Regular readers of Scamicide will remember that I have written much about the Internet of Things and the problems it poses for scams and identity theft.  As more and more products and devices include a convenient connection to the Internet that permits, for instance, people to remotely control the heating and cooling systems in their homes, the problem of criminals hacking into these devices for illegal purposes has increased dramatically.  Unfortunately, as many of these products, including our cars, are having Internet capabilities built into the products, not enough care has gone into developing proper security.  A German automobile club has discovered a security vulnerability in BMW’s Connected Drive system, which could be exploited to unlock several models of BMW cars.

In addition, earlier this week, Massachusetts Senator Edward Markey’s office issued a report that determined that the efforts of automakers around the world to prevent hackers from gaining control of cars electronically were “inconsistent and haphazard.”  Further, Markey concluded that most automakers did not even have systems for either detecting security breaches or responding to those breaches.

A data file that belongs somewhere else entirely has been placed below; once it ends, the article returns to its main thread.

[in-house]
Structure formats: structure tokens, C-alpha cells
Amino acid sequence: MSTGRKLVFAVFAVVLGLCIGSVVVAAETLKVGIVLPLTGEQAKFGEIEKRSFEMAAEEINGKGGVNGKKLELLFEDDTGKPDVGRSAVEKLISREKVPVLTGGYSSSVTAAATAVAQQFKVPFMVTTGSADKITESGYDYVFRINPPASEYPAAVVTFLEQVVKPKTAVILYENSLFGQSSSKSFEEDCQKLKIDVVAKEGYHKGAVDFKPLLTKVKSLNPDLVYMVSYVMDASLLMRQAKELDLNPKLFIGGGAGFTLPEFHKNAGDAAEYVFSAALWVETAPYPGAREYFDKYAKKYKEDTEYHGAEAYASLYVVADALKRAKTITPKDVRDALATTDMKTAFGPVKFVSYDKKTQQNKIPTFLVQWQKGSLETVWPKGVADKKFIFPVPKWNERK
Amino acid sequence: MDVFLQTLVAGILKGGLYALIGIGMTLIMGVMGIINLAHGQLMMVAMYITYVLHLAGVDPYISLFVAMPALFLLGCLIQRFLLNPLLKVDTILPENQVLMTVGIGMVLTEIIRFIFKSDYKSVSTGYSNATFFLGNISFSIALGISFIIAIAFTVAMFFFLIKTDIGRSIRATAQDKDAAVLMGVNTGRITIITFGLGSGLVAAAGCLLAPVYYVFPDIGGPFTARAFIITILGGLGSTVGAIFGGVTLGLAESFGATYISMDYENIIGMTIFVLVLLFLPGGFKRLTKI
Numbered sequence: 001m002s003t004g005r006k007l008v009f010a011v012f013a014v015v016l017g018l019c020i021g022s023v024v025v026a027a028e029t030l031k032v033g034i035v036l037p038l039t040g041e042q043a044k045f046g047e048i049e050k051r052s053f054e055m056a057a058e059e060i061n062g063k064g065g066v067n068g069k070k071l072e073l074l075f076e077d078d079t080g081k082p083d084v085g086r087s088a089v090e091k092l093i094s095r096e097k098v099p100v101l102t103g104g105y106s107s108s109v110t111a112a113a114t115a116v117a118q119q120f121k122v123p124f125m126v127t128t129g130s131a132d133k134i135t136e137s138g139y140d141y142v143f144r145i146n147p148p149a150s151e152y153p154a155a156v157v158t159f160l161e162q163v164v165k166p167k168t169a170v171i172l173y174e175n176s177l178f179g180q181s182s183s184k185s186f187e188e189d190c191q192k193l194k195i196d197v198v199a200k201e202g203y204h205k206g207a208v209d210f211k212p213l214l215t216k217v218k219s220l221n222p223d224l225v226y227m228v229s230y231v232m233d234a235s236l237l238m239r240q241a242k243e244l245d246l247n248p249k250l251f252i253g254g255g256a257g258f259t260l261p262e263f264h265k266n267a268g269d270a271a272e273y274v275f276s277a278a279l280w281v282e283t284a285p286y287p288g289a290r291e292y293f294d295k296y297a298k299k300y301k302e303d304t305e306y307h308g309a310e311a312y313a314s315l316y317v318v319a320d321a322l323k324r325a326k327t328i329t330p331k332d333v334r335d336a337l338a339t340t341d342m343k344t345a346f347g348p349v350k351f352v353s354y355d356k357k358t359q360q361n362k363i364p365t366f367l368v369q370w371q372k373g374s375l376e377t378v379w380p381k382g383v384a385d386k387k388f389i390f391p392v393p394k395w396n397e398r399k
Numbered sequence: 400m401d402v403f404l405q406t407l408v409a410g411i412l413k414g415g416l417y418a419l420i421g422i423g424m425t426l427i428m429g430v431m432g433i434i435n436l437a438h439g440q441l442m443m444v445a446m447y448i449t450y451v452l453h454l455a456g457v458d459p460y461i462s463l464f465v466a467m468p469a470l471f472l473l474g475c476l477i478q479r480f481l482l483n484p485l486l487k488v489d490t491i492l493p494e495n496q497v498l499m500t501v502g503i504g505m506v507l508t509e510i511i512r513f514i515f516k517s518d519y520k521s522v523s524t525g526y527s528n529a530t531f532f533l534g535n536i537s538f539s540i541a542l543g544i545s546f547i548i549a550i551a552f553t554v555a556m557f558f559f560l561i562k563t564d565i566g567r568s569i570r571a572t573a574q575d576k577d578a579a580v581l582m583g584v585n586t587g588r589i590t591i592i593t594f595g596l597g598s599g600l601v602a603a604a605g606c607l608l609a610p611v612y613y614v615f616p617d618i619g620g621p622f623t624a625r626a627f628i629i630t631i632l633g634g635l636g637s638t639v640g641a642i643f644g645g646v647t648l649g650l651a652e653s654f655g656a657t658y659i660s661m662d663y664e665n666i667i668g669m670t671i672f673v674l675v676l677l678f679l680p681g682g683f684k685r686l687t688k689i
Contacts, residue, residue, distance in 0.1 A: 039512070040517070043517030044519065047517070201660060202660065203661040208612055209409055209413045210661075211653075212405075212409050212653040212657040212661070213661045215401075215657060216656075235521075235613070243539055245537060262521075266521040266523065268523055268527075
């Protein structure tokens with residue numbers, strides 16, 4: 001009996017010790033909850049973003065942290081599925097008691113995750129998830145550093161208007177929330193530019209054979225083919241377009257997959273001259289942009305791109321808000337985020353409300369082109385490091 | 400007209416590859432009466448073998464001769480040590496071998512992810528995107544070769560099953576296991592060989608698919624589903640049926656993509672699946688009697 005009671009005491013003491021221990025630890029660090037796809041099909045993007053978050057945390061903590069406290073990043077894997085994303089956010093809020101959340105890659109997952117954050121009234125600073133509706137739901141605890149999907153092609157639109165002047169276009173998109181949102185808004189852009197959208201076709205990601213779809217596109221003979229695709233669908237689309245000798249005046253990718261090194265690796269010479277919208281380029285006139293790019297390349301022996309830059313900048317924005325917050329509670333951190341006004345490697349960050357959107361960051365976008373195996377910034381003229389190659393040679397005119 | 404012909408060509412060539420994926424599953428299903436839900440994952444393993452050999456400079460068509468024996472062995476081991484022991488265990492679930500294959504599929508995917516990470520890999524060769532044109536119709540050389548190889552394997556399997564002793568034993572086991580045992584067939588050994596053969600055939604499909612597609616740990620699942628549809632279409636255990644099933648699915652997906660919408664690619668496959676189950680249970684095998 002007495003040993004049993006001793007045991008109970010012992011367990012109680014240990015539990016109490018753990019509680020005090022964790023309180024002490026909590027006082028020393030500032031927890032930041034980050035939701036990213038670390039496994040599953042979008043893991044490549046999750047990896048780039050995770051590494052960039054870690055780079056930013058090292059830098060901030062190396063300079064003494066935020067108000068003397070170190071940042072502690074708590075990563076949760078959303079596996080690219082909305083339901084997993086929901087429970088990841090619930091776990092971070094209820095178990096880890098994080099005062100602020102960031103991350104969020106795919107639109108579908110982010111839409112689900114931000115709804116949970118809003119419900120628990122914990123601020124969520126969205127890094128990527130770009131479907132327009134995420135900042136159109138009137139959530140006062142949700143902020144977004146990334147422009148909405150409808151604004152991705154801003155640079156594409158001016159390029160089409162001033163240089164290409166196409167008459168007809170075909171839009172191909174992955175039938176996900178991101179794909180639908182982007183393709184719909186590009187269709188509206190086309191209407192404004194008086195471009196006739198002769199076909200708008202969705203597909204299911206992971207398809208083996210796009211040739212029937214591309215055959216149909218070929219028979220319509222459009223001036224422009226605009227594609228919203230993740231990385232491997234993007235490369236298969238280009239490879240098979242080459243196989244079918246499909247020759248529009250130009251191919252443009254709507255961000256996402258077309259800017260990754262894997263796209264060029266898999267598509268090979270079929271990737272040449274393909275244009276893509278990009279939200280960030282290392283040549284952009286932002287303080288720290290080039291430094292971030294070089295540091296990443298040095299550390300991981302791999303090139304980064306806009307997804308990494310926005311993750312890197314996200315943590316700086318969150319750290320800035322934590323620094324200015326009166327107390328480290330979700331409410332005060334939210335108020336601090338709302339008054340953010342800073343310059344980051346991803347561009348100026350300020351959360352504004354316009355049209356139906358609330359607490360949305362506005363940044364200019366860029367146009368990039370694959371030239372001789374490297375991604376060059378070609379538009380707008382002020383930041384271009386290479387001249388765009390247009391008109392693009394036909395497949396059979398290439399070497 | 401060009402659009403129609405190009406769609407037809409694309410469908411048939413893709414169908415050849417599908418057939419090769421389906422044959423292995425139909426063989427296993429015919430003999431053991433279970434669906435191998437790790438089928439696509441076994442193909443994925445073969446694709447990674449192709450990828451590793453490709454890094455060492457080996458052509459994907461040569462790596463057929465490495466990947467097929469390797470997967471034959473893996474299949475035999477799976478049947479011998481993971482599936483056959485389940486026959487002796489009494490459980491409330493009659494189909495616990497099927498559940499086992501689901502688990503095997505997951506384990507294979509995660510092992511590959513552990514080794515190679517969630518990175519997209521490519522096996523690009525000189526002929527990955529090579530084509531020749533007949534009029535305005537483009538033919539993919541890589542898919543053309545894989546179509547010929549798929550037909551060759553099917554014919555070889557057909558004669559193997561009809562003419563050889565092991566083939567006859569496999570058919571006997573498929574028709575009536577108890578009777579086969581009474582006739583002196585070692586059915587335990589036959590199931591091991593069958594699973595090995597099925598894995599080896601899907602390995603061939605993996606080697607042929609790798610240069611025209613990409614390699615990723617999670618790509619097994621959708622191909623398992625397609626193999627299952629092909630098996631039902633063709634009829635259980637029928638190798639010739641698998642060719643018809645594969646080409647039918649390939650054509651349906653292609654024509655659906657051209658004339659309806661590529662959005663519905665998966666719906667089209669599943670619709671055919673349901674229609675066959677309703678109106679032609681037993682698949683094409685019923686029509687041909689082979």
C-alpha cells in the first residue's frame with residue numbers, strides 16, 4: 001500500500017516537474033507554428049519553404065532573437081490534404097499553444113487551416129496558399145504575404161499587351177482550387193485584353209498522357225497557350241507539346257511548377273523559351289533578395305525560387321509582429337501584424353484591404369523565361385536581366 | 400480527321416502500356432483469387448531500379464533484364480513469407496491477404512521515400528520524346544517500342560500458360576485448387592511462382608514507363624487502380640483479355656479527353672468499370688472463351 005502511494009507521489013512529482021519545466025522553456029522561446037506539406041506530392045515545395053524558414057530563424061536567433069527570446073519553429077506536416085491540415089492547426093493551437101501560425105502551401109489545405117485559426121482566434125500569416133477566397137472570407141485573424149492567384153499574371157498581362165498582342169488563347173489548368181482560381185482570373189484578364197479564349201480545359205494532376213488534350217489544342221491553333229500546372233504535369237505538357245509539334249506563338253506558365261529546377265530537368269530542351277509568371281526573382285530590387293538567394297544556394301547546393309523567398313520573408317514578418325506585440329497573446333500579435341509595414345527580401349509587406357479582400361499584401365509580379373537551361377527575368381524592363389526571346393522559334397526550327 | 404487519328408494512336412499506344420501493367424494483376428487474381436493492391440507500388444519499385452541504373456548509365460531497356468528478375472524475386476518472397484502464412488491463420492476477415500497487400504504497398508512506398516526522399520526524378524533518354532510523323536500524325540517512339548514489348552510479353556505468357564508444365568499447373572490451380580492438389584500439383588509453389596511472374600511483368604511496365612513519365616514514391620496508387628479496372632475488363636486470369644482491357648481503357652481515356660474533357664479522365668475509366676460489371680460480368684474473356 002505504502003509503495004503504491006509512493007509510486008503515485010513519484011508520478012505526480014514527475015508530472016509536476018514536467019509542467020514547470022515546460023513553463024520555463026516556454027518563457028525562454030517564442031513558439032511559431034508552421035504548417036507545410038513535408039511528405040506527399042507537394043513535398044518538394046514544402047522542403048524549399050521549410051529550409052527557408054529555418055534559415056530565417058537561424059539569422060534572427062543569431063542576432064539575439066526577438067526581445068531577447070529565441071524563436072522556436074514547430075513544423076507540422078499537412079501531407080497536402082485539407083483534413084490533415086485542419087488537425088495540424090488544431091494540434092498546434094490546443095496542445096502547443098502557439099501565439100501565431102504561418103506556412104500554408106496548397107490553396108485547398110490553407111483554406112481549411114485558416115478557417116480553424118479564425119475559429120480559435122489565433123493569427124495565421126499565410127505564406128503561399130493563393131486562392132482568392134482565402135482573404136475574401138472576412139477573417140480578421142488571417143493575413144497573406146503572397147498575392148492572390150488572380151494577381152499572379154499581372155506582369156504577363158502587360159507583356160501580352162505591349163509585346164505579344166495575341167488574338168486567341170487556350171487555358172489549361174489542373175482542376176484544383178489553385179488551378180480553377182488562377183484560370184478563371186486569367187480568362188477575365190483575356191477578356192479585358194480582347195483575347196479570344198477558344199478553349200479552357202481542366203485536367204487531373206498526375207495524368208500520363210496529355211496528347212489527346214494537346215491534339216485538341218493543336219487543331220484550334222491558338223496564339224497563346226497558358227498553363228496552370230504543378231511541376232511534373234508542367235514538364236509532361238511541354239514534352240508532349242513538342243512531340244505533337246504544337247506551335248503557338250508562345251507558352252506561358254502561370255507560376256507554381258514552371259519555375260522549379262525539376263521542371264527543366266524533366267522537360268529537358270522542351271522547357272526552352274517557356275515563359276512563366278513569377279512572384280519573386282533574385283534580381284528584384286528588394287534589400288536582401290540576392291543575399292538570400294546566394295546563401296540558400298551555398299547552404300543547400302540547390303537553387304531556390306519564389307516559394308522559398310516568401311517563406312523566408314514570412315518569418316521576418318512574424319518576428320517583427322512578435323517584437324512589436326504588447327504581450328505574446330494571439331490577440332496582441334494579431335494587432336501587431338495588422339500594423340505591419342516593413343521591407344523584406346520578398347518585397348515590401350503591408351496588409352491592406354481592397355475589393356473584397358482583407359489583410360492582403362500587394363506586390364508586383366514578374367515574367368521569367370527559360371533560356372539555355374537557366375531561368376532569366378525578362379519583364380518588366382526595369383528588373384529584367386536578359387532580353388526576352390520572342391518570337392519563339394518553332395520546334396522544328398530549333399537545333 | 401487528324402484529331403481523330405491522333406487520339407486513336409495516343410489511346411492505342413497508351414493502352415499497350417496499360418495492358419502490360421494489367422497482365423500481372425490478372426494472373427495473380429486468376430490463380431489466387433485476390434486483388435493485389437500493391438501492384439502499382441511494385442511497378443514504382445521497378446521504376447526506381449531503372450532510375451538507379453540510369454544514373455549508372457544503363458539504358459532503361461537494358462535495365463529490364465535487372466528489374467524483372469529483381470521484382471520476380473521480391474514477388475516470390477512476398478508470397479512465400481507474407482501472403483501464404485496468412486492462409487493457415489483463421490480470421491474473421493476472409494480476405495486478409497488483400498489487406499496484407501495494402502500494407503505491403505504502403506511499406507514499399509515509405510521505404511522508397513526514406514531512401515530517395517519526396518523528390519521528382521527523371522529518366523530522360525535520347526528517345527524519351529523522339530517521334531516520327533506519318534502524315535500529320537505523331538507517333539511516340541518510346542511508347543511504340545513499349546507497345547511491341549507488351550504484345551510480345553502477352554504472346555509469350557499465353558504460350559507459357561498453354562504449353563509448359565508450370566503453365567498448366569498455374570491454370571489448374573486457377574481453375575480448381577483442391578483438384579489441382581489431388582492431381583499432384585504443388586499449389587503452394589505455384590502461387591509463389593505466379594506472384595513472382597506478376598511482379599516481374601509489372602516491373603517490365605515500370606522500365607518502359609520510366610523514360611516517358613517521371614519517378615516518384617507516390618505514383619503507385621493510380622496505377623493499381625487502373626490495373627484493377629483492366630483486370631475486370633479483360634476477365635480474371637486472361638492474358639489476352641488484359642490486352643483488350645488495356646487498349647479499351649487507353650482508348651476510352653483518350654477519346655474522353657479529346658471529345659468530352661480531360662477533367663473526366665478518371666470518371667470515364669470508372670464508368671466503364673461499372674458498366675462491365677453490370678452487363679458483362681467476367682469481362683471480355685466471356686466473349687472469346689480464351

Fortunately, BMW will be remotely sending out 2.2 million software patches to correct this security flaw by adding https encyption to the car’s electronic communications that will prevent the car from accepting connections from servers without the appropriate security certificate.  I expect that we will be hearing much more about the vulnerability of the Internet of Things in the months ahead.  As consumers we should ask the makers of any Internet connected product or device that we use about the security precautions they are taking and what we should be doing.